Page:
The plane tilts its wings softly, leaning in towards the city. Here pal, get a closer look at the Big Apple. Whaddya think, cool right?  I’m a drop of water, a drop in something so vast, so incomprehensible…

The video monitor on the seat signals 10 minutes from destination. Altitude: 8,000 feet

A text messages flashes: “Sir, my name is Raheim. I’ll meet u at Upper Level. Text me.”  I text back: “Haven’t landed yet. Didn’t check luggage. Should be ~30 minutes.” Indicator flashes: “Read.”

Miracle. All of it.

[Read more…]

It was so beautiful

Excerpts from For a Day, Our Political Troubles Were Eclipsed by Peggy Noonan:

“It was beautiful: Up and down Madison Avenue, people stood together and looked upward.

…It was so beautiful.

Up and down the street, all through the eclipse, people spontaneously came together—shop workers and neighborhood mothers, kids and bank employees, shoppers and tourists. They’d gather in groups and look up together. Usually one or two people would have the special glasses, and they’d be passed around. Everyone would put them on and look up and say “Wow!” or “Incredible!” then laugh and hand the glasses on…

There was a tattooed man in a heavy metal band T-shirt, with his teenage son. “You want?” the man said. He was lending his glasses to everyone who came by. “Are you doing this just to be nice?” I asked. “Yeah,” he said. “We got them free.” Something nice had happened to him so he was spreading it around. […]

So that’s what I saw, uptown to midtown—sharing and wonder and friendliness, along with a continual refrain: Here, take my glasses. Do you see?

There was something about it that left me by the end quite moved. Witnessing spontaneous human graciousness and joy is stirring. And we were seeing something majestic, an assertion of nature and nature’s God, together. It was tenderly communal. [Read more…]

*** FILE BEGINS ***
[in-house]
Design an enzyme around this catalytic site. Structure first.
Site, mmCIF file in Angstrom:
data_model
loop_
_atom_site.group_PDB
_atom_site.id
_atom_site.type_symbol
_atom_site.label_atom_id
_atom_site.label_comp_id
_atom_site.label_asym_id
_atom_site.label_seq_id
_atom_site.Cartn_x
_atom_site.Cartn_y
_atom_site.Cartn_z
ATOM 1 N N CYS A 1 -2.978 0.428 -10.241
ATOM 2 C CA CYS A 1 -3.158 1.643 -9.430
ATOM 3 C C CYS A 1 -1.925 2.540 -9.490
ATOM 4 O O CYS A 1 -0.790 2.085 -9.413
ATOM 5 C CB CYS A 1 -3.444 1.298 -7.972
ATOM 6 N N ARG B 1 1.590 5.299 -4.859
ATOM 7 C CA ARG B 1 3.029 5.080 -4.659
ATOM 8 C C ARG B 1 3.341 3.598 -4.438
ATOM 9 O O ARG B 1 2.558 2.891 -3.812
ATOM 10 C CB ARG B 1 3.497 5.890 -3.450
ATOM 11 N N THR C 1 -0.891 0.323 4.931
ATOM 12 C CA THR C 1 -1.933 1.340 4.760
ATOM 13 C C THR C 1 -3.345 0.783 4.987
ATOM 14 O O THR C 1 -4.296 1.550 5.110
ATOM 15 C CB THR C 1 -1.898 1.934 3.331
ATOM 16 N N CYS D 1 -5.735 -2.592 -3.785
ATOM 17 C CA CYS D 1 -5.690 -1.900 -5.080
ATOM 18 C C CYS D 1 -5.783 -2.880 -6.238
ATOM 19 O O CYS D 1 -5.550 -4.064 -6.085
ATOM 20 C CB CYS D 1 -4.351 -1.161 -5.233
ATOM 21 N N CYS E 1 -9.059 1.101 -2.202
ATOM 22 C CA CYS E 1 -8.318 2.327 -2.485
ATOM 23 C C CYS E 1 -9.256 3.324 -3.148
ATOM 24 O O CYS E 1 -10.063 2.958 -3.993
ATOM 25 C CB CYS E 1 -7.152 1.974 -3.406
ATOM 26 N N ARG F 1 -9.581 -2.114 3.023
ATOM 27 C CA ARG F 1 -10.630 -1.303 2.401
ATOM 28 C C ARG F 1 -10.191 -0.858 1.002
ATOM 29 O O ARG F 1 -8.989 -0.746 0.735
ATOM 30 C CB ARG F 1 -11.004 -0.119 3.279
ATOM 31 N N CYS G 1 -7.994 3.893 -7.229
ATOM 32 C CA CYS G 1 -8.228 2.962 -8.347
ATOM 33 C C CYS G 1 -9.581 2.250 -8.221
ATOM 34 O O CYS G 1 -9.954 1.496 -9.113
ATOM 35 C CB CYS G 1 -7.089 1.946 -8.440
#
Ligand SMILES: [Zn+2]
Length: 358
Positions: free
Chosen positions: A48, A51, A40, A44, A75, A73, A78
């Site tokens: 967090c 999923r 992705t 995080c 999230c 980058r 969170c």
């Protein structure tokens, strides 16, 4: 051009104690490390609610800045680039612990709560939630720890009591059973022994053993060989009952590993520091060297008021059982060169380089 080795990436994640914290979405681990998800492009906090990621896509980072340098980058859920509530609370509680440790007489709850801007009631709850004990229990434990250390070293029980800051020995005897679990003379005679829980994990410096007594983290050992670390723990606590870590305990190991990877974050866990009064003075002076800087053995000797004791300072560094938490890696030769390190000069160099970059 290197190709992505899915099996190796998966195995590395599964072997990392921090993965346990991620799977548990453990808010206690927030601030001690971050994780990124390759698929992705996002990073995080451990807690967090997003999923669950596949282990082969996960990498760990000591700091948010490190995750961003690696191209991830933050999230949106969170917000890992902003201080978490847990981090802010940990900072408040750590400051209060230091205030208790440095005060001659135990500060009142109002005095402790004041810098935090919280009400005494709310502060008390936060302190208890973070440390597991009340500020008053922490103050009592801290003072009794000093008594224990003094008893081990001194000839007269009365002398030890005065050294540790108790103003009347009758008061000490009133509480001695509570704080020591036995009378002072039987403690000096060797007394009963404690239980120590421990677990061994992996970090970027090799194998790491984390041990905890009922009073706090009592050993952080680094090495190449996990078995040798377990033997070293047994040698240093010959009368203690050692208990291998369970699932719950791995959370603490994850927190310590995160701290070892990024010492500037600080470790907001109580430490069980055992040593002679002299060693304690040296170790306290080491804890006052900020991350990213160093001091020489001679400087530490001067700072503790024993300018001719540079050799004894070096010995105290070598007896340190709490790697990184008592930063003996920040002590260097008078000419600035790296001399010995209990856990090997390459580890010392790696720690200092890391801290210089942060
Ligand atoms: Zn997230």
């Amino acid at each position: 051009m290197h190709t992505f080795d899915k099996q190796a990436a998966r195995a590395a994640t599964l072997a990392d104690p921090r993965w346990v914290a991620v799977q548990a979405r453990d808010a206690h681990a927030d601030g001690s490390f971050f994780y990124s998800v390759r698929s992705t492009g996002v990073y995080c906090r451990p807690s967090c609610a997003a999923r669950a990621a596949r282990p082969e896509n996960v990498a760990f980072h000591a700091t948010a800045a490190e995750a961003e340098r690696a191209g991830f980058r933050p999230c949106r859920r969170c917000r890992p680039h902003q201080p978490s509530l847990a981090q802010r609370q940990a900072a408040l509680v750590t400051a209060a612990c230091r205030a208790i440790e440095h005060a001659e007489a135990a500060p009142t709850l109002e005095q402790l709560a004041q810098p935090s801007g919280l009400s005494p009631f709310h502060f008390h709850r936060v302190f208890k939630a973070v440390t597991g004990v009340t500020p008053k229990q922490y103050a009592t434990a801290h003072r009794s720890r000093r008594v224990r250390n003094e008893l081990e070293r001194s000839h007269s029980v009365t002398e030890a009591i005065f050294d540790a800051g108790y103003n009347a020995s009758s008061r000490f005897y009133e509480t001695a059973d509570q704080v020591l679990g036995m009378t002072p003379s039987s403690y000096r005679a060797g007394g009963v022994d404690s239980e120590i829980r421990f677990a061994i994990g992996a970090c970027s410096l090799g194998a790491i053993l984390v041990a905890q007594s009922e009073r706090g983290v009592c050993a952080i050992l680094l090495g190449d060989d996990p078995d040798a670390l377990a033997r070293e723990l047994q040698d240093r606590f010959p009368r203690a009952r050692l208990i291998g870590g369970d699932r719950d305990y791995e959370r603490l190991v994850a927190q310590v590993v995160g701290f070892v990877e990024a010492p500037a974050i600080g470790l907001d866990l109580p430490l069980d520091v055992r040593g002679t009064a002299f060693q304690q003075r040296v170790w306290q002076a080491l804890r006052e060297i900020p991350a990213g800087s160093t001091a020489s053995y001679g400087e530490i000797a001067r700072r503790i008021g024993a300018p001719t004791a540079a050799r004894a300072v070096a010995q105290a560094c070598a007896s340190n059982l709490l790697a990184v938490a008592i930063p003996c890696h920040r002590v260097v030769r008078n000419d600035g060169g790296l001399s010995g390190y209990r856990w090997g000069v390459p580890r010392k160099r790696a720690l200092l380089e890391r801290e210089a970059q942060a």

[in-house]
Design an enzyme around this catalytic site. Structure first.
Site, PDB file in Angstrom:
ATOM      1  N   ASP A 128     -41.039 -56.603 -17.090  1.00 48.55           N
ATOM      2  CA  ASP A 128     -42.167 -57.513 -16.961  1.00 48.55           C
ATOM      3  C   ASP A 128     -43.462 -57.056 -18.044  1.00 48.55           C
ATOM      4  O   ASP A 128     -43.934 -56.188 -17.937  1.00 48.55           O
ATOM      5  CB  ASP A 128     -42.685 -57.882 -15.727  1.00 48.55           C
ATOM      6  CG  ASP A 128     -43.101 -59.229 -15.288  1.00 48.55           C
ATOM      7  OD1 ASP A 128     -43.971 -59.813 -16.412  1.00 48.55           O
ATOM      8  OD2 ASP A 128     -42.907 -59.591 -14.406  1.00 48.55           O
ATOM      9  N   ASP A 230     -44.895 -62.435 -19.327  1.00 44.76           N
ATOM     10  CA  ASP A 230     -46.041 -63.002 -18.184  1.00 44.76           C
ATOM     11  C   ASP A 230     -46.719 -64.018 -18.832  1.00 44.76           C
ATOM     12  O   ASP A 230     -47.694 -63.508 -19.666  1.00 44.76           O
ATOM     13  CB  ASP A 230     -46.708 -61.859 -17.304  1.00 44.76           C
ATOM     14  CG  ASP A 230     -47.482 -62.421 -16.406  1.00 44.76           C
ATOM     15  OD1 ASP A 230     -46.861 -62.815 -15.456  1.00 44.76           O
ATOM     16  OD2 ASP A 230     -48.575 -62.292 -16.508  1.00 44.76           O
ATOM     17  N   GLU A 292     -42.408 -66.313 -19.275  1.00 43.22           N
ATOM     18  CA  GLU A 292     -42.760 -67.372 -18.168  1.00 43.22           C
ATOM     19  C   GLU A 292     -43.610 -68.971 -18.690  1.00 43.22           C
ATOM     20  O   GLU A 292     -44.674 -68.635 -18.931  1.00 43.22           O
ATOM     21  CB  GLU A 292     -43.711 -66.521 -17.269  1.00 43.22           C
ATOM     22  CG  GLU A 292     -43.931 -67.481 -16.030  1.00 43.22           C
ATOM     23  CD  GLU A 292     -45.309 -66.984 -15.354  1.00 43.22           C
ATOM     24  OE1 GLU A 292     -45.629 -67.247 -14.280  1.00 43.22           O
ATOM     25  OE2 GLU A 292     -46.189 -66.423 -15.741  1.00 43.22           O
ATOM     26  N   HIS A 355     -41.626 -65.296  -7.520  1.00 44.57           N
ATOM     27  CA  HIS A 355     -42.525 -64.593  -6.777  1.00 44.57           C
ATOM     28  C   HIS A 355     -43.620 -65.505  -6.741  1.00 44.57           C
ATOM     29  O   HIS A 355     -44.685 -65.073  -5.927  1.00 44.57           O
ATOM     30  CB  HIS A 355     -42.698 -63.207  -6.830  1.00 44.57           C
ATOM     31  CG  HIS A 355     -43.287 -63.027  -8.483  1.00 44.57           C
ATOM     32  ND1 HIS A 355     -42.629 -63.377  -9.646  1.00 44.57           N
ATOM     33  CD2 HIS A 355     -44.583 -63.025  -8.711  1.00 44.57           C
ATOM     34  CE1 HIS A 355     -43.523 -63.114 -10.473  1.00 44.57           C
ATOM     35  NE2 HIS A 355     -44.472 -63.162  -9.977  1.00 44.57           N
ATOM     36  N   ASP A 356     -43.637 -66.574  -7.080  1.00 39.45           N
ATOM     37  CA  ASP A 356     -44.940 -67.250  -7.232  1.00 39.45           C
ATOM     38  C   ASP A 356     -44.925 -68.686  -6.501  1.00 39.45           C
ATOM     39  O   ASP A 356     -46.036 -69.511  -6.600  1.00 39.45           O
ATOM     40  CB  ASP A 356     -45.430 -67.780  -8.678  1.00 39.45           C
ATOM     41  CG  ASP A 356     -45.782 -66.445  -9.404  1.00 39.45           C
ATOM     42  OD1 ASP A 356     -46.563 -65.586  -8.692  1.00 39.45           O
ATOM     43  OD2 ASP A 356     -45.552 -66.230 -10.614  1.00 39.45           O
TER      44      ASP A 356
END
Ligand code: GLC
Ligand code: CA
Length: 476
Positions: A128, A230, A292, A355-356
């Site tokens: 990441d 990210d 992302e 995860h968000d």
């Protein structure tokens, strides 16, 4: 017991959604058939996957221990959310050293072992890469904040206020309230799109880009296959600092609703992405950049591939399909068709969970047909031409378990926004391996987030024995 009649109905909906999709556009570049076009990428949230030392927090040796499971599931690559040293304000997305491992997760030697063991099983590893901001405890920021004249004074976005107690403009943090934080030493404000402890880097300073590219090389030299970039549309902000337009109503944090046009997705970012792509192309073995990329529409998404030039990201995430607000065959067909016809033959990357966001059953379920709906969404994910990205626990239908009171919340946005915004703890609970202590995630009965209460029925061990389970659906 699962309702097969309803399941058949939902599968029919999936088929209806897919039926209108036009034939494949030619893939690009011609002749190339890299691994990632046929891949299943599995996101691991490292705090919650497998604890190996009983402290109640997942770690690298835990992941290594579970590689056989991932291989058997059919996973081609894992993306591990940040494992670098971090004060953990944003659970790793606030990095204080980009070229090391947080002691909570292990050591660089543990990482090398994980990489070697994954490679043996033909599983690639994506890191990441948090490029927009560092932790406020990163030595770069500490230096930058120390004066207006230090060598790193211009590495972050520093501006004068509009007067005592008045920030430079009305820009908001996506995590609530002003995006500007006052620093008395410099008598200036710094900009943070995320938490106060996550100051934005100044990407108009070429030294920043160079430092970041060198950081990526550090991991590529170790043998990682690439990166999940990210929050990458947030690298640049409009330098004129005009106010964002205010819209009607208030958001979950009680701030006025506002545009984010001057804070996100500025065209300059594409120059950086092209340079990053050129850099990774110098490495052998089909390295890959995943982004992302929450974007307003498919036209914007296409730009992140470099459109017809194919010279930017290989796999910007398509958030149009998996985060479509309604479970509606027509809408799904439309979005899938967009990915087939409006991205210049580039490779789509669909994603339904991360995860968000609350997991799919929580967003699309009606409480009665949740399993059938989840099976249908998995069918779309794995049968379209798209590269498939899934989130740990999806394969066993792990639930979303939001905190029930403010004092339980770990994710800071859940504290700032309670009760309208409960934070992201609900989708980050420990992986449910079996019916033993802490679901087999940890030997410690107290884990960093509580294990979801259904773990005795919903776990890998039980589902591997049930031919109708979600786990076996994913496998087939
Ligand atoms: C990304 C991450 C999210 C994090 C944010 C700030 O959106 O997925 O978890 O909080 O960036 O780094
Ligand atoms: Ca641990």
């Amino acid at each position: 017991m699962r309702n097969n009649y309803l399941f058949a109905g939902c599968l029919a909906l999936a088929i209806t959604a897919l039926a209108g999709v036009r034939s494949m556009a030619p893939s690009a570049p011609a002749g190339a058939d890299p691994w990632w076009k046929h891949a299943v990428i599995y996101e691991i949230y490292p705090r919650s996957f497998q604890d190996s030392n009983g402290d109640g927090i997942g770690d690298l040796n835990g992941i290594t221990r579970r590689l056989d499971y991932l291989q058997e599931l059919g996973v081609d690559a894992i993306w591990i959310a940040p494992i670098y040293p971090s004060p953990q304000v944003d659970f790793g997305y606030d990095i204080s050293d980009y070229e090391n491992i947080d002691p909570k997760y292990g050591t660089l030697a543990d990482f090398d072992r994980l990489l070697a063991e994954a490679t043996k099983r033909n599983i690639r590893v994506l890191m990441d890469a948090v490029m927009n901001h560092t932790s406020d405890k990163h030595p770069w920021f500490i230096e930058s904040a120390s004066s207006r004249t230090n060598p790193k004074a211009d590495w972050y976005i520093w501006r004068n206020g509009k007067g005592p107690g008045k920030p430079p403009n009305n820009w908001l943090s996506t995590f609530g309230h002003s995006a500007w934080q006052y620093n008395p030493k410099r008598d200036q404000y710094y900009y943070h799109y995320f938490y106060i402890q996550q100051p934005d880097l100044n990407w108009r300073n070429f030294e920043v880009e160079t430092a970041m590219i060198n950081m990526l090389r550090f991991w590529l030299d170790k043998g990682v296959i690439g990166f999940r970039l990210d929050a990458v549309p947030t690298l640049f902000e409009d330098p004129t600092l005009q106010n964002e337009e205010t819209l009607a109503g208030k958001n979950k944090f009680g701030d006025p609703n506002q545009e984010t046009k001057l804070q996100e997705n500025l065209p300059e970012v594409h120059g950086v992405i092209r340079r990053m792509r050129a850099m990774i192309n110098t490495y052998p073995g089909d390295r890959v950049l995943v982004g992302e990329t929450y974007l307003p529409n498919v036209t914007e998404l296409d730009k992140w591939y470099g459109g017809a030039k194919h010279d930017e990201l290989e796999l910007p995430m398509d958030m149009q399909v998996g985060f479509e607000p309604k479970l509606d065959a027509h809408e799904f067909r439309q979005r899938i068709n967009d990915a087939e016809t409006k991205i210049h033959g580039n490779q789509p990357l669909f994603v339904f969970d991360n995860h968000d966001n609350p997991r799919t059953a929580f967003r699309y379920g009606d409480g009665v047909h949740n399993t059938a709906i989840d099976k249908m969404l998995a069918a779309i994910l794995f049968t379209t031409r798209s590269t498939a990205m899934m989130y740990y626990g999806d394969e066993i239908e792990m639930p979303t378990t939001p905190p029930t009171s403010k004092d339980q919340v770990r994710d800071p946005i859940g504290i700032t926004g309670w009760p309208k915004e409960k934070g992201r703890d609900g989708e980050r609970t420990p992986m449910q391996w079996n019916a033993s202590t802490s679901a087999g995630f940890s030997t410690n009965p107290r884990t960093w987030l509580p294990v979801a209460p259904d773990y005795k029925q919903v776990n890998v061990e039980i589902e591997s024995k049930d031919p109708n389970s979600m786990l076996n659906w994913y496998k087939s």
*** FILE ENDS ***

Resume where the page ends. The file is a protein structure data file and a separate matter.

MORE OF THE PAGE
Evening Steam

steam-iceland

Katherine-Bradford-swimmers-to-manhattan


Notes:

Riding Uptown. Solo.

New York City, United States - May 12, 2012: Heavy traffic on busy 8th Avenue in Ney York City, USA in morning. Vast number of vehicles hit the streets and avenues of Manhattan every day. Almost half of cars are yellow taxis (well recognized city icon). Taxis are operated by private companies, licensed by the NYC Taxi Commission.

May 28th. Days short of June, yet solar heaters are blowing. 84° F, and steamy.

Sidewalks are teeming with tourists.

Mid afternoon Manhattan traffic is locked bumper to bumper, snaking up Sixth Avenue.

I skipped breakfast, had a meager lunch, and I’m longing for a sugar fix. Chocolate. Now.

Waze estimates 25  min to get uptown to the office.

My Thumbs are on the keyboard.

Should it be ‘Hi’ or ‘Hi!’?  I’m not feeling ‘Hi!’ I’m not a ‘Hi!’ type. I’m more like a “Hello” or a “Hi” guy. Or maybe it’s ‘hi’.  “hi’ makes me approachable, less prickly.  Yet, it’s hard to alter the brand, callus layered on callus. ‘Hi!’ would be inauthentic or soft, and both just won’t do. Dad’s the tough guy. There’s an image to uphold. A Brand to burnish.

DK: hi
RK: Hi!

Would have preferred ‘Hi Daddy!’ But ! is good. She’s happy to hear from me.

DK: I’ll be in your building in 30 min. I’ll buy you coffee.  Me, a warm chocolate chip cookie.
RK: Can’t Dad. I’m in the middle of something.

[Read more…]

Catching Metro-North.

new-york-city-afternoon-manhattan

6:13 pm.
Madison Square Garden to Grand Central.
10 blocks North — 3 blocks East.
22 minutes to the 6:35 pm New Haven Line.
Rush hour. On foot.

Doable? Let’s go.

Tourists.
Suits.
Students.
Lovers.
Jaywalk.
Contractors.
Homeless.
Tourists.
Street Vendors.
Food cart. Pita. Gyros.
Cabs.
Pedicabs.
Bus tour hawkers.
Shysters.
Shopkeepers.
Jaywalk.
Three abreast.
Tourists.
Lollygaggers.
Messengers.
Bikers.
Tourists.
Black Cars.
Red lights.
Bumbin’Jostlin’ (Sorry!)
Jaywalk.
Walk signs.
Don’t walk.
Jaywalk.
Sidewalk.
Soft spring breeze.
Pungent marinating garbage.
Zig. Zag.
Smokers.
Tourists.
City Buses.
Car horns.

[Read more…]

Find Your Beach

zadie-smith

Here’s English author Zadie Smith in The New York Review of Books with an essay titled Find Your Beach:

[…] Now the ad says: Find your beach. The bottle of beer—it’s an ad for beer—is very yellow and the background luxury-holiday-blue. It seems to me uniquely well placed, like a piece of commissioned public art in perfect sympathy with its urban site. The tone is pure Manhattan. Echoes can be found in the personal growth section of the bookstore (“Find your happy”), and in exercise classes (“Find your soul”), and in the therapist’s office (“Find your self”). I find it significant that there exists a more expansive, national version of this ad that runs in magazines, and on television.

This woman is genius and can write.  Don’t miss her full essay here: Find Your Beach


Notes: Find her award winning book on Amazon here: White TeethPortrait of Zadie Smith: oprah.com. Bio at Wiki here: Zadie Smith 

Peace

September 11, 2001


Source: Madame Scherzo